A hijacking at the airport 

I haven’t yet been to the new airport terminal, which is being endlessly described as the greatest creation of man, or something like that, by the usual local media.

And I am sure that’s exactly how it seems to anyone who has never been to any other airport than Detroit Metropolitan, without a doubt the worst airport I ever have been in. True, Haiti’s was a little dirtier, if I remember correctly, but also more efficient.

Florida Ed McNamara and his gaggle have been running the show out there for well over a decade, providing shoddy service to the public and sweetheart deals to cronies. Now Northwest has created a vast new terminal. And wonder of wonders: To wax poetic, it seems that it doesn’t suck. Yet, anyway.

How did they manage that? I asked one of local print journalism’s more savvy and honest editors after he toured the $1.2 billion new complex, which McNamara, with his usual class, has caused to be named after himself.

“Simple,” my source said with a grin. Northwest, he said, told Wayne County flatly that McNamara’s Band wasn’t going to mess with the design, construction, anything — or the airline was outta here.

Earlier this year, McNamara suddenly discovered he’d had enough of running the county, and decided he was outta here too. The fact that an aggressive new U.S. attorney in town owed him nothing may have been the purest coincidence.

Yet no matter the reason, the thought of losing both Surfer Ed and our kinder, gentler, term-limited governor was reason enough for anyone (not under threat of indictment) to want to live to 2003.

But we were forgetting all those movies we’ve seen about the undead, who, no matter how thoroughly pulverized, have a way of coming back up through the turf until that last silver stake goes through their hearts. And what these two creatures are now trying to do to us makes biting the neck of an occasional virgin look harmless.

Last week, Engler and McNamara announced they had made a private, secret deal to keep control of the airport after they leave office.

Under their unholy alliance, Eddie would get to appoint a majority four members out of a new, seven-member board, which would run the airport. His Rotundity would appoint two. The Wayne County commissioners, the countywide elected legislature, would get to appoint a meaningless single board member.

U.S. Rep. David Bonior got it: “The deal ensures Ed McNamara will control the airport after he leaves office. It ensures the continuation of cronyism, nepotism and irregular contracting procedures. Major agreements that affect the public should be conducted in public, not in secret rooms with two power brokers.”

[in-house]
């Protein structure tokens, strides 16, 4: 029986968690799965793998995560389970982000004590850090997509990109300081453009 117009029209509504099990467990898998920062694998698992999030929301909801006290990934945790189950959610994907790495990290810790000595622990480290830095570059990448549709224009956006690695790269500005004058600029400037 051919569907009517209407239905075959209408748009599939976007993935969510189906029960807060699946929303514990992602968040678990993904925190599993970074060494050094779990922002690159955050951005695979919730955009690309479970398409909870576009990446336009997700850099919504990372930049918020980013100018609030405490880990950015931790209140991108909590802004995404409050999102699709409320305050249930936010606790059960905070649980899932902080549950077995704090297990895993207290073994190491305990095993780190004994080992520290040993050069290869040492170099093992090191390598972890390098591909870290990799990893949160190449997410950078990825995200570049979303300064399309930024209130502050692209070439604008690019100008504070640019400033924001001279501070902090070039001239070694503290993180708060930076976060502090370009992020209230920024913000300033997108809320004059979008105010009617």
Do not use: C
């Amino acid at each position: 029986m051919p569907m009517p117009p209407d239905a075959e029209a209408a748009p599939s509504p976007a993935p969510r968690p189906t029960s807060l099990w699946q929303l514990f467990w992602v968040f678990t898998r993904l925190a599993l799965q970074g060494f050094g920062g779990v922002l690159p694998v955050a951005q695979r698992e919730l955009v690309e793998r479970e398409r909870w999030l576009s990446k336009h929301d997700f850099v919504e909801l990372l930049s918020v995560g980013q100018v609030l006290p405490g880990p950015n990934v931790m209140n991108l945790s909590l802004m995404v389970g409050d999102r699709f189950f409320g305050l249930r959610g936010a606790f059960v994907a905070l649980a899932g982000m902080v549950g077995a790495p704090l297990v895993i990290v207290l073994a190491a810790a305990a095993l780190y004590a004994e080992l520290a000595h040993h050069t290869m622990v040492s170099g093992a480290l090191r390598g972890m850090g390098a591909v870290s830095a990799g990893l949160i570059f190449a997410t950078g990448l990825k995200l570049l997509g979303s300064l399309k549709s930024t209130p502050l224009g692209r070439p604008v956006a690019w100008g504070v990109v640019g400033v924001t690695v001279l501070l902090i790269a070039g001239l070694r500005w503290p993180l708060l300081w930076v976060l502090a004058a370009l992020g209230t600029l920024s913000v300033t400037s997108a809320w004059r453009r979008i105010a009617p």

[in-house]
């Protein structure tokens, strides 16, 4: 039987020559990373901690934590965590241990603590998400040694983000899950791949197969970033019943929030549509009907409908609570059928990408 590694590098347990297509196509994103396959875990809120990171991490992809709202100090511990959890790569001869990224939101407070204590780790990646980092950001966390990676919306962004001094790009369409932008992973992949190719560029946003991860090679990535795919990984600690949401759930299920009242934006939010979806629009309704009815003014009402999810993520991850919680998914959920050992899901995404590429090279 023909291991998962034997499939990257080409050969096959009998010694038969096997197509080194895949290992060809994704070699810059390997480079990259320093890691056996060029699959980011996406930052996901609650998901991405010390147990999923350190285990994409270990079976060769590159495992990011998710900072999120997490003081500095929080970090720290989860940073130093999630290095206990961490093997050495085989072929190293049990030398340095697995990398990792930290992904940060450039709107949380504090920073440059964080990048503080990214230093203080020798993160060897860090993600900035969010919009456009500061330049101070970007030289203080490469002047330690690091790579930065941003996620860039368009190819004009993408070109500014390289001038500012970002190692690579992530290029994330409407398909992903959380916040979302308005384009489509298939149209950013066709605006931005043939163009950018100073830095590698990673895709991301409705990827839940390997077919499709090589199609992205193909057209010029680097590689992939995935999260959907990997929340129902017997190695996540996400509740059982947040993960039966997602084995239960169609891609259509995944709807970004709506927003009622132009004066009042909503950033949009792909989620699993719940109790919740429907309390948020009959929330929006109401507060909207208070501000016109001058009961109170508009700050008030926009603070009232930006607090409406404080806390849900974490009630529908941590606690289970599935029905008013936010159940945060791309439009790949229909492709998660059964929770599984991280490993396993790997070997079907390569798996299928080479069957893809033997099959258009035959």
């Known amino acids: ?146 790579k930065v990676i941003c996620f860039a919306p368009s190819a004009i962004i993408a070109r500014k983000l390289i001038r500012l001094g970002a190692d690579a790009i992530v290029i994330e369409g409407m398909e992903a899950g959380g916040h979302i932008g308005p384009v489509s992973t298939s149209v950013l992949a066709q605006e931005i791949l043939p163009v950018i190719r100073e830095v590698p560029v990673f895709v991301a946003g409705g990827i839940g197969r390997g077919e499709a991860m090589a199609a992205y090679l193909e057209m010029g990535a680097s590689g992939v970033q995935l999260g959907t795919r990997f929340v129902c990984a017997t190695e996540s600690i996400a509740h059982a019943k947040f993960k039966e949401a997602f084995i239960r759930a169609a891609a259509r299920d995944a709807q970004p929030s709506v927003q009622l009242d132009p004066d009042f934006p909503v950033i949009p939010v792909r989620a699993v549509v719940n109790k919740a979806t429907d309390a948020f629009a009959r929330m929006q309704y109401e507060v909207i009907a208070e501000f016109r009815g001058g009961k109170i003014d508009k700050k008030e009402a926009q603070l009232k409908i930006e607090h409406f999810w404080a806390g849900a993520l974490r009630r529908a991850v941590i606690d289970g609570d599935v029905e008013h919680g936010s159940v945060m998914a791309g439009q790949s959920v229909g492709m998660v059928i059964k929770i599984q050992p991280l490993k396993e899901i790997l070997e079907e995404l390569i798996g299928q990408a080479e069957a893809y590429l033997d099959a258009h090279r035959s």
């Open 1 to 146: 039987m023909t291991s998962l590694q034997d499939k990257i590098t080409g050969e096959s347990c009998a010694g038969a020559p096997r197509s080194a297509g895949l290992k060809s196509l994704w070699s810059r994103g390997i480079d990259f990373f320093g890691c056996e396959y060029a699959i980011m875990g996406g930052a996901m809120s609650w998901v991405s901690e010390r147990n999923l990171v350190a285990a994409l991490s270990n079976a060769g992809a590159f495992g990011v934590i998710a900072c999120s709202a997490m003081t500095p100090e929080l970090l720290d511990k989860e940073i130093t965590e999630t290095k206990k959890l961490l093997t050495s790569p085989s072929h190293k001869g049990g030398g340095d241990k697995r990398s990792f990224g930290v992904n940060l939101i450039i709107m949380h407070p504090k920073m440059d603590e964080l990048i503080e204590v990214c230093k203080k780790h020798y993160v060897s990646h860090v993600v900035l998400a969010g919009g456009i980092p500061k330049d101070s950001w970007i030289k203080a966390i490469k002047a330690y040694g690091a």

Jim Blanchard, who, like Bonior, wants the Democratic nomination for governor, was more circumspect, but not much. “I don’t have all the details, but this agreement appears to maintain the status quo (control by McNamara). That isn’t acceptable.”

If the idea of an airport authority of this type does make sense, Blanchard told me, it certainly shouldn’t take effect till next year, giving the newly elected governor and the new county executive the right to put their own people on the board.

But what about the woman many think is most likely to win the Democratic nomination in August, Jennifer Granholm, the state attorney general?

“I’d have to look at it. It might depend on how long the terms are,” she told me during an interview Friday. Naturally, I might have known. McNamara is her political godfather. Nobody ever heard of Granholm until Big Ed made her Wayne County corporation counsel in 1994. Thanks to a weak opponent and McNamara’s massive support, she managed to be elected attorney general four years ago.

Undoubtedly, she loves the new airport deal. After all, Granholm, who moved from California to Michigan in the mid-’80s, was the county’s lawyer when many of the sweetheart contracts were renewed. Her husband gets consulting contracts from the county all the time — even now, contracts nobody else is even allowed to bid for.

What she wants most of all is for any talk of an investigation of Detroit Metropolitan Airport to go away. Not that she’s, ahem, pushing it hard.

Under heavy political pressure, she feebly asked the Michigan State Police last month to review the way contracts were let at the airport — proclaiming her firm belief in the county gang’s innocence as she did so. We’ll look more intently at her candidacy down the road. Regardless — this slimy deal to create the airport authority can be stopped relatively easily.

First, the Legislature must approve creation of the authority. And unless two-thirds of the lawmakers vote to give the authority immediate effect, the first appointees won’t be named till three months after we’re rid of Fast Eddie and Fat Johnny.

So call up or write your own local legislators and tell them not to vote for this atrocity. If I haven’t convinced you, let the words of Engler and McNamara themselves do it for you.

“The proposed authority will have full control over the airports (Metro and Willow Run) and their facilities,” they boasted. Anyone who has ever flown out of Metro before, or tried to park there before, or had to eat there, should know what that means.

Oh, there will be an “audit committee” with the authority to look into abuses. An audit committee made up of the puppets Ed and Johnny appoint. Please.

Whatever else you think about him, you have to admire McNamara’s sheer brazenness. The deal is a good thing, he actually told humans, because otherwise, the badly mismanaged airport might be taken over by the state.

Wayne County Commissioner Susan Hubbard loved that. McNamara created the reasons the state might take the airport away, “now he’s going to steal it,” she said.

Yes, indeed he will. But only if we let him.

Jack Lessenberry opines weekly for Metro Times. E-mail letters@metrotimes.com

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